Three delegations of senior U.S. national security officials made the case against an Israeli strike in visits to that country over the past month. They argued that launching a strike before the last possible moment, and without international support, would do more harm than good.
It could actually make Israel less safe by angering neighbors that don't like either Israel or Iran but would be forced to side with Iran in the event it is attacked, the U.S. has argued. In that sense, an attack coming from Israel could be even more polarizing in the region than one launched by the United States.
An Israeli strike would also be unlikely to eradicate the Iranian nuclear program, and would at best set it back a few years, the U.S. argument goes. In the end, the Iranian program could grow back stronger.
"At a time when there is not a lot of sympathy for Iran and its only real ally (Syria) is on the ropes, do we want a distraction in which suddenly Iran can portray itself as a victim?" Obama asked in the interview.
Israel takes little comfort in the U.S. assessment, reiterated Tuesday by Secretary of State Hillary Rodham Clinton, that Tehran has not decided whether to build a nuclear bomb.
Israel has refused to guarantee any notice to the U.S. ahead of time, a U.S. intelligence source told The Associated Press. The official spoke on condition of anonymity because much of the planning for Iran is classified. A preemptive Israeli strike would probably be similar to Israel's 1981 strike on an Iraqi weapons site that Israeli officials cite as a success.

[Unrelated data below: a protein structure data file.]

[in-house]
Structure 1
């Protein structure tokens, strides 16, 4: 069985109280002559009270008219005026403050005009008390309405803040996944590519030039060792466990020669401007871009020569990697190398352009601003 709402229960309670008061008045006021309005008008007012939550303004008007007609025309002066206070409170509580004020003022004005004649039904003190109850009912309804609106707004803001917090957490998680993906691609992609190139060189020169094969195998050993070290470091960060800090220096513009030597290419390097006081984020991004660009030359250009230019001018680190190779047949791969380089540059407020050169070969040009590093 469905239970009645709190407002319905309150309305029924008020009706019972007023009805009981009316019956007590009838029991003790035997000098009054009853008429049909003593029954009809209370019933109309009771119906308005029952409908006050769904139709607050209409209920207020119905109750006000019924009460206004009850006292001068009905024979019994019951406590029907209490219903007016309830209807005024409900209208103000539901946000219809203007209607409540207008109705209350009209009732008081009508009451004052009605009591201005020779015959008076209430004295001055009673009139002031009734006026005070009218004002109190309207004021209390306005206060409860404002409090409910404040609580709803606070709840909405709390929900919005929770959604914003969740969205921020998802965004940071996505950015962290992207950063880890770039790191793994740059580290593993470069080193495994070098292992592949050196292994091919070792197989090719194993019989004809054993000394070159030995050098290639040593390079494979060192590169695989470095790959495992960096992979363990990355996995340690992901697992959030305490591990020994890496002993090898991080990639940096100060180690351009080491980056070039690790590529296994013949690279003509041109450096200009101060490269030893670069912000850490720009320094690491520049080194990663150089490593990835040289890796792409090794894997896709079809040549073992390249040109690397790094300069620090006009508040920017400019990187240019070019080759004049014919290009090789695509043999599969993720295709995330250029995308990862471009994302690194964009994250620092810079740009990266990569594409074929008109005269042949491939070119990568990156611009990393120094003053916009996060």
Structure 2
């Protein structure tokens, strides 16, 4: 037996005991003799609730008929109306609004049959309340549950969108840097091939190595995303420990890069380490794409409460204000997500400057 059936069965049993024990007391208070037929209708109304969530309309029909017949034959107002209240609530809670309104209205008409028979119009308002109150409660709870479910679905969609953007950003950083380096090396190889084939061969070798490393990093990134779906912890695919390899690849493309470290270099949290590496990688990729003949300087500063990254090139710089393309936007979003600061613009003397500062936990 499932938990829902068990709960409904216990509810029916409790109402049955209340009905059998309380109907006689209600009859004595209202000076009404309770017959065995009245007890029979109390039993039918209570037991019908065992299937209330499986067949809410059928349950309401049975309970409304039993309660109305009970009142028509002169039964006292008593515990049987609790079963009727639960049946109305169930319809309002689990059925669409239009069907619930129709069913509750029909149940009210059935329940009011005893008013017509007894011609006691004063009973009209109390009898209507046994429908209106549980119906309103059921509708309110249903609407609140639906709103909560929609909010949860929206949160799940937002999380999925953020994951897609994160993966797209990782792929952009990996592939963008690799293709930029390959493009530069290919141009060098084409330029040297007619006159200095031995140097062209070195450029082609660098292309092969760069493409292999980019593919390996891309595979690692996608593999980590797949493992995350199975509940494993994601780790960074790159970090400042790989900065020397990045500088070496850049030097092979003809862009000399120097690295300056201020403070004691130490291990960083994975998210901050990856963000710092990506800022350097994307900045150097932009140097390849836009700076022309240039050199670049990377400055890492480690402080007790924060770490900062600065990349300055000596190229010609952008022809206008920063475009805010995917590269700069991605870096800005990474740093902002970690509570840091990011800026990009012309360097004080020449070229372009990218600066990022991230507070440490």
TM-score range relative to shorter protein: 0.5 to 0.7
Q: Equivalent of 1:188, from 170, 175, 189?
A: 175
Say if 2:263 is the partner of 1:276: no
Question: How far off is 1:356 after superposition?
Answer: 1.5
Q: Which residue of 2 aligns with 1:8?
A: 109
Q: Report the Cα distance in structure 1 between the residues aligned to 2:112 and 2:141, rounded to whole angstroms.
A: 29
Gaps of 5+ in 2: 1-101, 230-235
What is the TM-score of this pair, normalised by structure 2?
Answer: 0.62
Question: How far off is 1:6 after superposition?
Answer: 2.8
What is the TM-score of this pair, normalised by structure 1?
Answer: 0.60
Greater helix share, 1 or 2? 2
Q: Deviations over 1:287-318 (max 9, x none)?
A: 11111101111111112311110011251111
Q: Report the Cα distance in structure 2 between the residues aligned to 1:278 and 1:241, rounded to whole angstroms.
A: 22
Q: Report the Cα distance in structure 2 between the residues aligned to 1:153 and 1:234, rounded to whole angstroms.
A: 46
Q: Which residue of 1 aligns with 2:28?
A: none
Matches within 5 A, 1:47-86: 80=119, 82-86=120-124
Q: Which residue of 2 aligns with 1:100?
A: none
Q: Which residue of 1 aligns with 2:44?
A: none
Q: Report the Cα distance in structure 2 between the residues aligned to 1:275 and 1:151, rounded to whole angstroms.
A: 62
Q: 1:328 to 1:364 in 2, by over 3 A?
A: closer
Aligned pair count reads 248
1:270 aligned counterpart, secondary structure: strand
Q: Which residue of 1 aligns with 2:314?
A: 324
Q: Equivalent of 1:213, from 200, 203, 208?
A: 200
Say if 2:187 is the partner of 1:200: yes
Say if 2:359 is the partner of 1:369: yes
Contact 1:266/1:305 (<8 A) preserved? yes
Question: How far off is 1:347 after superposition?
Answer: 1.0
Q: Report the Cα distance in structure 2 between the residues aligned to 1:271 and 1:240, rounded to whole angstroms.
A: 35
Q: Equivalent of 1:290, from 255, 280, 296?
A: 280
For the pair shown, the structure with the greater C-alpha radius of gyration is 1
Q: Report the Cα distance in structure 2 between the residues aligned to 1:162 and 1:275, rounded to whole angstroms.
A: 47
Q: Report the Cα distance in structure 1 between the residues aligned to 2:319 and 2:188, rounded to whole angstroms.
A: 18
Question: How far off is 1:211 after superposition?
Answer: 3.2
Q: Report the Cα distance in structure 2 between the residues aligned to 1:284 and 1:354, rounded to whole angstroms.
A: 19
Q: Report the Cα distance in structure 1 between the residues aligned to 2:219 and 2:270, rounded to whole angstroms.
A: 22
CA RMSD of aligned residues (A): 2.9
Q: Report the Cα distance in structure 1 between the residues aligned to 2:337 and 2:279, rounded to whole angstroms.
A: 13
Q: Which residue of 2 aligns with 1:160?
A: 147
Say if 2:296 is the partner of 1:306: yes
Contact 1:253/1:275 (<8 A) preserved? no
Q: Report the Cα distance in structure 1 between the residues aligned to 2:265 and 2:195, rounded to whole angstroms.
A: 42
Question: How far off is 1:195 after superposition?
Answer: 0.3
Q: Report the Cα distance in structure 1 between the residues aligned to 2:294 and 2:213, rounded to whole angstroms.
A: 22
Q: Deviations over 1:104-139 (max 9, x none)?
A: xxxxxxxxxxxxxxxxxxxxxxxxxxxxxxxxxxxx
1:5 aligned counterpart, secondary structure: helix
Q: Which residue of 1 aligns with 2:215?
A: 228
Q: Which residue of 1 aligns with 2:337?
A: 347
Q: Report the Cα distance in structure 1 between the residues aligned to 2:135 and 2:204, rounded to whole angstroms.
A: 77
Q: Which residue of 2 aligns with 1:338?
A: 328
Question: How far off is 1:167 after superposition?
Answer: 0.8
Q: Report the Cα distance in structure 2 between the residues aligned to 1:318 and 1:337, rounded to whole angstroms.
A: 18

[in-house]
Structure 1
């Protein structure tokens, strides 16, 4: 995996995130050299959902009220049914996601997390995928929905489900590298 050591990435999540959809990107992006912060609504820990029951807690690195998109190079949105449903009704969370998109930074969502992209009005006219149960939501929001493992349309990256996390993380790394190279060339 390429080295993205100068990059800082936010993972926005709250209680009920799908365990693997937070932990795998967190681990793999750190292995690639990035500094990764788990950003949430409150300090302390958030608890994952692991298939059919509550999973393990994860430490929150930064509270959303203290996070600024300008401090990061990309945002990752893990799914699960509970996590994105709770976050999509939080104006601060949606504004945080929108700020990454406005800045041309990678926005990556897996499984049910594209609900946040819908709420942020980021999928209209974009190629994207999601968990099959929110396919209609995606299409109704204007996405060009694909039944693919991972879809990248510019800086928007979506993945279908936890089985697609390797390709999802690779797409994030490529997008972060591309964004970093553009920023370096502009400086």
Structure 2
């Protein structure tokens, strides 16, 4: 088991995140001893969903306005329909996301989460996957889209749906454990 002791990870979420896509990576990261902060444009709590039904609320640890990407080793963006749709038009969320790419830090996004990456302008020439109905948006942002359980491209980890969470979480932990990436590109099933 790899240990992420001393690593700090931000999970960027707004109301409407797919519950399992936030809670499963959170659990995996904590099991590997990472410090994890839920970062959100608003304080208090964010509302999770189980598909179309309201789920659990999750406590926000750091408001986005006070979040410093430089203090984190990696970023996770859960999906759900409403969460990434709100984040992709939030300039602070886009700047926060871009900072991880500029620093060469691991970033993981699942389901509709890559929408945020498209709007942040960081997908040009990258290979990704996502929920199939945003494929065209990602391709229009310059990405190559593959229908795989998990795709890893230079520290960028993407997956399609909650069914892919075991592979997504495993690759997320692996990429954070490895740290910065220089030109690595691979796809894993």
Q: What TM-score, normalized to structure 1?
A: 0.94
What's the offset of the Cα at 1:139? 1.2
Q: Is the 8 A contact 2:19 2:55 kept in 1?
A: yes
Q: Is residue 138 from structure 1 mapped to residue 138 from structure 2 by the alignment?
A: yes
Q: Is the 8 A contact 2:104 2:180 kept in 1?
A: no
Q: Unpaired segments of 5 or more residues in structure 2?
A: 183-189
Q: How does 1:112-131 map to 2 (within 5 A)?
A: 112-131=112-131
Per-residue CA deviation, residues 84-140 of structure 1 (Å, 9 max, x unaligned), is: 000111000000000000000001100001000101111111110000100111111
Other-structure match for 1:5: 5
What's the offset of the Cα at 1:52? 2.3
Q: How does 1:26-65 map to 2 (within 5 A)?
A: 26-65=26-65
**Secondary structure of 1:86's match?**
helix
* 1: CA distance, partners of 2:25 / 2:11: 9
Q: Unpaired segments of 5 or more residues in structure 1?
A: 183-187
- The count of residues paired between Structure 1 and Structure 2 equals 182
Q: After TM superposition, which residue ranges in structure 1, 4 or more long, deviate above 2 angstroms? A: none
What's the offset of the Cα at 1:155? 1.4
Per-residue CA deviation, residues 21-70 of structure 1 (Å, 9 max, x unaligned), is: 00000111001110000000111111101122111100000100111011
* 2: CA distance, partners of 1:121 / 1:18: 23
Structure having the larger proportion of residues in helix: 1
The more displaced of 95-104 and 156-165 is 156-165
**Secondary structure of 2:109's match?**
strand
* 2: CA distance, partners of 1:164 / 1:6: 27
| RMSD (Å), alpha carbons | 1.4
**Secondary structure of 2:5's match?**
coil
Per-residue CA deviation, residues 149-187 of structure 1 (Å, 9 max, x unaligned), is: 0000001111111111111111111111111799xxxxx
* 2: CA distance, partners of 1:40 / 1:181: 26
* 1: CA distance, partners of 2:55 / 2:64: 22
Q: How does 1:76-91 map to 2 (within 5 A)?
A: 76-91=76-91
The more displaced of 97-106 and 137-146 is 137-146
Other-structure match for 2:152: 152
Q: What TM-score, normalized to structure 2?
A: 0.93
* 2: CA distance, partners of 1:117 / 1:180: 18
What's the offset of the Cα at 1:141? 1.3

Iran's nuclear ambitions pose a "grave threat to the peace and security of the world," Netanyahu said, and other nations cannot stand by and allow it to happen. In the past he has likened the growing Iranian nuclear threat to the risk that Nazi Germany represented before the Holocaust.
"As for Israel, like any sovereign country, we reserve the right to defend ourselves against a country, against a country that calls and works for our destruction," Netanyahu said Friday.
The meeting and Obama's address to the lobby will also revisit what the U.S. sees as lackluster Israeli efforts toward peace with the Palestinians. It's a sore subject, despite Obama's strong defense of Israeli actions before the United Nations and in other venues. Before his AIPAC speech last year, Obama outlined U.S. terms for resuming Palestinian peace talks that infuriated Netanyahu and many Israel supporters in the United States.
Netanyahu speaks to the group's annual conference Monday evening.
The group's influence and the importance of Jewish voters in American politics have made its glossy Washington conference a must-do for both American and Israeli politicians. Republican presidential candidates Mitt Romney, Newt Gingrich and Rick Santorum will also address the group this year
Associated Press writer Amy Teibel contributed to this report from Ottawa.
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